More must be done to increase the number of so-called “living organ donors” from black, Asian, mixed race and minority ethnic backgrounds after the number plummeted during the coronavirus pandemic, NHS Blood and Transplant (NHSBT) has said.
The organ donation authority said that living organ donation – typically when someone donates a kidney – fell among all groups during 2020.
But the issue was even more pronounced among people from black, Asian, mixed race and minority ethnic communities.
A total of 444 patients were able to receive a donation from a living donor last year, despite constraints on the health system from Covid-19. But this was a drop of 58% compared to the previous year.
Data from NHSBT also showed disparities between people from different backgrounds.
The number of living donors from black, Asian and minority ethnic communities had stood at around 160 for the last five years.
But after the pandemic hit, the figure fell to 62 donors in 2020/21 – a fall of 61%.
Meanwhile, the number of deceased donors from black, Asian and minority ethnic backgrounds fell by 25% last year – from 112 in 2019/20 to 84 in 2020/21.
As of March 31, there were 1,237 people from these communities on the organ transplant waiting list, 29.5% of all people waiting for a transplant, NHSBT said.
The pandemic led to many patients being “suspended” from the waiting list as there were fewer donors and fewer transplants.
Pressure on intensive care units also meant that many life-saving or life-changing transplant operations needed to be pushed back.
Meanwhile, difficult assessments were made about the risk of becoming an immunosuppressed organ recipient during the pandemic.
For many patients in need of a transplant, the best match will often come from a donor from the same ethnic background – kidney donors and recipients are matched by blood group and tissue type – and people from the same ethnic background are more likely to be a match.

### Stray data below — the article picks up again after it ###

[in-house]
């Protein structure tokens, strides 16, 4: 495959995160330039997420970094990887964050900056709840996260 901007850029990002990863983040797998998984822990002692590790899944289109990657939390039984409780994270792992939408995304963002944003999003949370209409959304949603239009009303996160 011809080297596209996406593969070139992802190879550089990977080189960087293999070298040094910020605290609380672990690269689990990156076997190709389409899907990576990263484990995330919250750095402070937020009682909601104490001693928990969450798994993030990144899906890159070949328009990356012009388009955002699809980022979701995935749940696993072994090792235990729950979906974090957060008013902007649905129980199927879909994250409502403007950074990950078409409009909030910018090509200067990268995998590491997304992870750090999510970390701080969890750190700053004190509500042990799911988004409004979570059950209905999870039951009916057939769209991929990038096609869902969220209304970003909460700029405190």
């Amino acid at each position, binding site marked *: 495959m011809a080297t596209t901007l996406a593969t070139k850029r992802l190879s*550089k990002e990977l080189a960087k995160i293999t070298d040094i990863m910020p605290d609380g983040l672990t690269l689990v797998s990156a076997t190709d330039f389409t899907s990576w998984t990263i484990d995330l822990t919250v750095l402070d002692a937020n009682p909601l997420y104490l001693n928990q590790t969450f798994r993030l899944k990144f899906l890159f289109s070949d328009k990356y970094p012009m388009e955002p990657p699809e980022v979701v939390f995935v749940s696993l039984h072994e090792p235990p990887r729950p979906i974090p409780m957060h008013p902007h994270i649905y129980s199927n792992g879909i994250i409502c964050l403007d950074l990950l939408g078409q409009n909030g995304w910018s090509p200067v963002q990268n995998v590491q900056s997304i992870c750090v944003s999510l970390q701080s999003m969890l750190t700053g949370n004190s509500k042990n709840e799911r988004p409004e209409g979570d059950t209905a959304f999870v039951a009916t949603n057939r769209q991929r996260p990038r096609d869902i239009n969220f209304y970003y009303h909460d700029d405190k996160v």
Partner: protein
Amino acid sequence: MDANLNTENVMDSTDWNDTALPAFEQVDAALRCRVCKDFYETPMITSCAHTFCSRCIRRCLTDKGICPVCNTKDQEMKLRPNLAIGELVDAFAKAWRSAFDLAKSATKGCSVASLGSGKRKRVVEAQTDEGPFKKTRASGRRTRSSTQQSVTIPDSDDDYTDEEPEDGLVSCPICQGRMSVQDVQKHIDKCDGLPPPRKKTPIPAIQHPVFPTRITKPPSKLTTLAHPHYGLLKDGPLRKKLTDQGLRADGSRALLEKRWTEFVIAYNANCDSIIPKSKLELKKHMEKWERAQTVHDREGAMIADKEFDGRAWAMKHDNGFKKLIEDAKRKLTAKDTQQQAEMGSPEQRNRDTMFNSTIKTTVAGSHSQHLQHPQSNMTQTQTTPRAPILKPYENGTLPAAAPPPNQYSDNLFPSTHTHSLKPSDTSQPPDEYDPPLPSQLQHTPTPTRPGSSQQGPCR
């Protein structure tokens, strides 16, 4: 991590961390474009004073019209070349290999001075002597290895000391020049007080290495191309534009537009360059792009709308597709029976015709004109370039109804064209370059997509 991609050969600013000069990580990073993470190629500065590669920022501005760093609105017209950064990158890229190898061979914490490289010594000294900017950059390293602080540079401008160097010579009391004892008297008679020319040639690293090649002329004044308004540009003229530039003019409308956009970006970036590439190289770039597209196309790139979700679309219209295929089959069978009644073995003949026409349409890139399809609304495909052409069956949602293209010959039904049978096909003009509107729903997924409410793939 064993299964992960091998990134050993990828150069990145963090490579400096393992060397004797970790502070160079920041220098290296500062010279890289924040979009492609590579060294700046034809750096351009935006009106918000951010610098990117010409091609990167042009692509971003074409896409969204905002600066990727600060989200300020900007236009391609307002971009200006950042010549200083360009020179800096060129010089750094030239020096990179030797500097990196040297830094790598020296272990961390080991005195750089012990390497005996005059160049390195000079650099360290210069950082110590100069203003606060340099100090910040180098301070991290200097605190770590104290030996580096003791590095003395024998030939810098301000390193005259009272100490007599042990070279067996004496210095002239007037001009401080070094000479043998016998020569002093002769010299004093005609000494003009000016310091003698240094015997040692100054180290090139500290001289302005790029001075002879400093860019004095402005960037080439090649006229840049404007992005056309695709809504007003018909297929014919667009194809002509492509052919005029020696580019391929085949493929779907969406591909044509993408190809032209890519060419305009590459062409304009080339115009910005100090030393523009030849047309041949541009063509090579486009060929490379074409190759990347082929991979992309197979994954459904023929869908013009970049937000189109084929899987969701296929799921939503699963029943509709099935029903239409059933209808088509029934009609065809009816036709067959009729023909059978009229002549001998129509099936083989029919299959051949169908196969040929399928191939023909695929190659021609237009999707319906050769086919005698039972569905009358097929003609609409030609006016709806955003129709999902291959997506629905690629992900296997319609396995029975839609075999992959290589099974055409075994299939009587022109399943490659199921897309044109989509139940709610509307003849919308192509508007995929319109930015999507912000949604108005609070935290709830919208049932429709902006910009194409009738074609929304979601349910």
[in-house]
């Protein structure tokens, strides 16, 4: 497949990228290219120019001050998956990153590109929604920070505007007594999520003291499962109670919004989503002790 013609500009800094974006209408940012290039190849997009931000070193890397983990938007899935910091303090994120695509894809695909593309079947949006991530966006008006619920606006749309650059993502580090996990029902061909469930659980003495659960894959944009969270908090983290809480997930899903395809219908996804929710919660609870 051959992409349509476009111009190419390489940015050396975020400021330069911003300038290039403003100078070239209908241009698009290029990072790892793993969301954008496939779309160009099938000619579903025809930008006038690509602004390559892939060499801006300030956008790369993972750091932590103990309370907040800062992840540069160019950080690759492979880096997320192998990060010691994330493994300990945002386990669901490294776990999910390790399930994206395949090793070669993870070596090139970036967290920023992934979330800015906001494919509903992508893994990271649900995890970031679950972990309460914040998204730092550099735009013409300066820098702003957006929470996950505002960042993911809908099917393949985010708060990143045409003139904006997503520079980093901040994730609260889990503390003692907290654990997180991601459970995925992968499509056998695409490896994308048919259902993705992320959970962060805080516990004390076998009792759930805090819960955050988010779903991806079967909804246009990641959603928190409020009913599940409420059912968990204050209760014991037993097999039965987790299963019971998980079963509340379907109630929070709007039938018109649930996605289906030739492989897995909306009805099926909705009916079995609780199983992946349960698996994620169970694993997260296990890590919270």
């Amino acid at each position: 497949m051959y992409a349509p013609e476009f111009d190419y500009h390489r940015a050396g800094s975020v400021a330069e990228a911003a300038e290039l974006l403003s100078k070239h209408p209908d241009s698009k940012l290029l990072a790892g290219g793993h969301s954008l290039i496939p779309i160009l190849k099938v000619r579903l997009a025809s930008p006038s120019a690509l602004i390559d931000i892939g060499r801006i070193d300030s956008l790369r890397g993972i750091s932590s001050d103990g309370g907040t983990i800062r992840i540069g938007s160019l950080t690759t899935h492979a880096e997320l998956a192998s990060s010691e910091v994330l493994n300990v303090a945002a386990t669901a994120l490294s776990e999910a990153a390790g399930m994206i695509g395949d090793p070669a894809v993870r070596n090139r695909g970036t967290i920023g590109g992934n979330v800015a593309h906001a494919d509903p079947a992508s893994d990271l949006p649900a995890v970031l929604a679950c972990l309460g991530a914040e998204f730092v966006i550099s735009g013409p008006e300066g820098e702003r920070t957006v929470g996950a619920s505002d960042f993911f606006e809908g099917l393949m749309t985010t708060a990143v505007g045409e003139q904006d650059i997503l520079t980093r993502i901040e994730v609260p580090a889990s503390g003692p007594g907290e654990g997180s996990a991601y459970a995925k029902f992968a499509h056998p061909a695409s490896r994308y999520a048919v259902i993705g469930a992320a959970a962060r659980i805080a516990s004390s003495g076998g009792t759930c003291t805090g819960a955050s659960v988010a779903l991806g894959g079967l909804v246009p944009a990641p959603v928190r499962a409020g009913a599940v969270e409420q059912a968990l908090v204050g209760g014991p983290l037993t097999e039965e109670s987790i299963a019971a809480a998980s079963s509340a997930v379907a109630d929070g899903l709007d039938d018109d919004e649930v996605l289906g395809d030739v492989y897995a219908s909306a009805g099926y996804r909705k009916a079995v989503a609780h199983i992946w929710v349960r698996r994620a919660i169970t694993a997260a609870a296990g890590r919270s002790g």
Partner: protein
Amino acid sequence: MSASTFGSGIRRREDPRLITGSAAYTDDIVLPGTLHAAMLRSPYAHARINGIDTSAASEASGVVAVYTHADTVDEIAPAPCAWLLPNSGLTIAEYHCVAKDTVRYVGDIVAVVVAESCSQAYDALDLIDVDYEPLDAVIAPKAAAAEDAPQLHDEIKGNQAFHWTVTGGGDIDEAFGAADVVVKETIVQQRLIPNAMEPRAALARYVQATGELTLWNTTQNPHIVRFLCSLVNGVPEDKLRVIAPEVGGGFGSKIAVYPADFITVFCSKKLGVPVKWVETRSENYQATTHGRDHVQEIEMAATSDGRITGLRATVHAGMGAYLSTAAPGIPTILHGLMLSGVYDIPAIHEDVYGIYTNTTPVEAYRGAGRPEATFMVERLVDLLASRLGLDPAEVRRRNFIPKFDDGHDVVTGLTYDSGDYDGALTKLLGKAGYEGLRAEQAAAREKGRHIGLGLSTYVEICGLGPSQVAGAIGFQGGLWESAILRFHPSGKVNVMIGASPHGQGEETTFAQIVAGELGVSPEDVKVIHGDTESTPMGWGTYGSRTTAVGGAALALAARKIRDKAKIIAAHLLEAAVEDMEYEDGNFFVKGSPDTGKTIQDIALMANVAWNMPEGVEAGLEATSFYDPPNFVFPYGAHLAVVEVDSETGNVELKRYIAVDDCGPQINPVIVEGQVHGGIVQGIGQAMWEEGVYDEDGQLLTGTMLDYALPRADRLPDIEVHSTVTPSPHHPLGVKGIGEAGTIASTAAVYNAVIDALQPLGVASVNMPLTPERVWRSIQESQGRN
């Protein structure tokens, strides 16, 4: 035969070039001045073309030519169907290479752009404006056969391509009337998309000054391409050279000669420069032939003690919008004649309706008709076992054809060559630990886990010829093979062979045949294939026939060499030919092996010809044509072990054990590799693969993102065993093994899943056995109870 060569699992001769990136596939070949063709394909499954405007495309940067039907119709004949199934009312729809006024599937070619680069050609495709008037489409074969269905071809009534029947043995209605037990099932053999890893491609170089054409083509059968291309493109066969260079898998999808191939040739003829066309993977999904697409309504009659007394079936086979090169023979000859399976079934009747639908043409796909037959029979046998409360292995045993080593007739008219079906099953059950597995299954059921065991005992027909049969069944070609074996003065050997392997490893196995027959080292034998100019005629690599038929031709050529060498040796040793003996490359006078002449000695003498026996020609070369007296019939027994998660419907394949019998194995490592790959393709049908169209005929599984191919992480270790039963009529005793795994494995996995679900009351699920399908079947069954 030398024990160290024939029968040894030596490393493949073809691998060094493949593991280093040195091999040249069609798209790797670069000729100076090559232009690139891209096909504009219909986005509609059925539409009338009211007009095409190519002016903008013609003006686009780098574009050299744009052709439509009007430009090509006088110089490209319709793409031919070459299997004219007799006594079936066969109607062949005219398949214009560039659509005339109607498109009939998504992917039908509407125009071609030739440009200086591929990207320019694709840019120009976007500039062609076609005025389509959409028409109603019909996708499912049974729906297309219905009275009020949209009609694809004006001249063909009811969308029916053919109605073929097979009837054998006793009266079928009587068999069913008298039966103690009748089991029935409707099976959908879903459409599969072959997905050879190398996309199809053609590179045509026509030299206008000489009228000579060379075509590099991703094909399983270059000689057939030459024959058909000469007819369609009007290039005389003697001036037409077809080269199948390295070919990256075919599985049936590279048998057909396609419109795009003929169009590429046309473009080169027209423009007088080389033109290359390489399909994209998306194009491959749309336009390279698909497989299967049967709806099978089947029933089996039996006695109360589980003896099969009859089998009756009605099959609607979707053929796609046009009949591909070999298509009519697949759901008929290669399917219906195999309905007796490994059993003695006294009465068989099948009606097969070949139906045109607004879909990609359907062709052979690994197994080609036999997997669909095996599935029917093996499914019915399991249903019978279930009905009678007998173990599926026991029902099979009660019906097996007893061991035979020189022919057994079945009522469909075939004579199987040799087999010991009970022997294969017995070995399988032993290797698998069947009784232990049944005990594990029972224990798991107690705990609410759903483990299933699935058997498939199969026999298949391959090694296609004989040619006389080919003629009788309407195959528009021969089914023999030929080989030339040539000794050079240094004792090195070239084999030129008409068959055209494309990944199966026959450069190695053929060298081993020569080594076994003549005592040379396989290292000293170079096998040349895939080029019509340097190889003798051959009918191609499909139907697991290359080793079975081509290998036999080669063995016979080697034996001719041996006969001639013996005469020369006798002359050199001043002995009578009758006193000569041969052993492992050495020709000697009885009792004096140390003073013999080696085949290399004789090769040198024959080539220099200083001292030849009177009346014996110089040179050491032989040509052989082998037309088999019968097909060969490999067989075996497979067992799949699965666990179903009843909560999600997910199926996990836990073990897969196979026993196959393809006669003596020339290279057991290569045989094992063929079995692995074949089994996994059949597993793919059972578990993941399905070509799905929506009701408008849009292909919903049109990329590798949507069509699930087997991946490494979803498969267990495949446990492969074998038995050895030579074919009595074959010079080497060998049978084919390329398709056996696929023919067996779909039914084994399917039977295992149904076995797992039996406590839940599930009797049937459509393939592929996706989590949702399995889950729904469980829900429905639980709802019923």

Bally Singh Sandhu has been waiting three years for a kidney transplant after being told 10 years ago that he had renal failure.
The 51-year-old, from Yorkshire, has dialysis day and night.
His family have launched an appeal to find a living donor and increase awareness of both deceased and living donation.
“Being from a South Asian background, I always knew I would be waiting for my transplant longer, but I never knew the wait would be this hard,” he said.
“I have difficulty doing the most basic of tasks, such as simply going for a walk or having a good night’s sleep.
“Organ donation is very much a personal choice, and everyone needs to choose what is right for them.
“I know that for many in the Asian community it can be a difficult decision, but as a Sikh I believe it is very much in line with my faith and beliefs – the ability for people to save lives just like mine.
“I just hope and pray that one day I will get that call to say a match has been found.”
There are a number of routes for living organ donation. They can be “directed” – where usually a friend or family member donates a kidney, or sometimes a section of liver, to a loved one – or “non-directed”, which occurs which a person donates altruistically to a stranger who is in need.
A scheme called the UK Living Kidney Sharing Scheme is also in place which enables a “chain” of donations to take place – usually where a family or friend of someone in need wants to donate to their loved one but is not a match, so donates to someone else in need. The scheme would then find someone to donate to their loved one.
Lisa Burnapp, clinical lead for living donation for NHSBT, said: “We have worked hard to increase the number of patients able to receive a transplant thanks to living donation but the pandemic has had a substantial impact.
“With more patients now in need of a life-saving transplant, we urgently need more potential living donors to come forward and help us to save more lives.”
Kirit Modi, president of the National BAME Transplant Alliance (NBTA), said: “The pandemic has hugely impacted black, Asian and mixed race and minority ethnic patients waiting for an organ transplant. Right now, it is more important than ever to have that family conversation about organ donation with your loved ones and ensure that whatever your choice, your donation decision is known.”
Health and Social Care Secretary Sajid Javid said: “Organ donation is a very personal choice, and my thanks go out to all donors for their selflessness and to all those considering coming forward especially during the pandemic.
“NHSBT is doing great work to raise awareness of organ donation among ethnic minority communities. Coming from a South Asian family, I know how important it is to have these conversations, so we can save more lives.”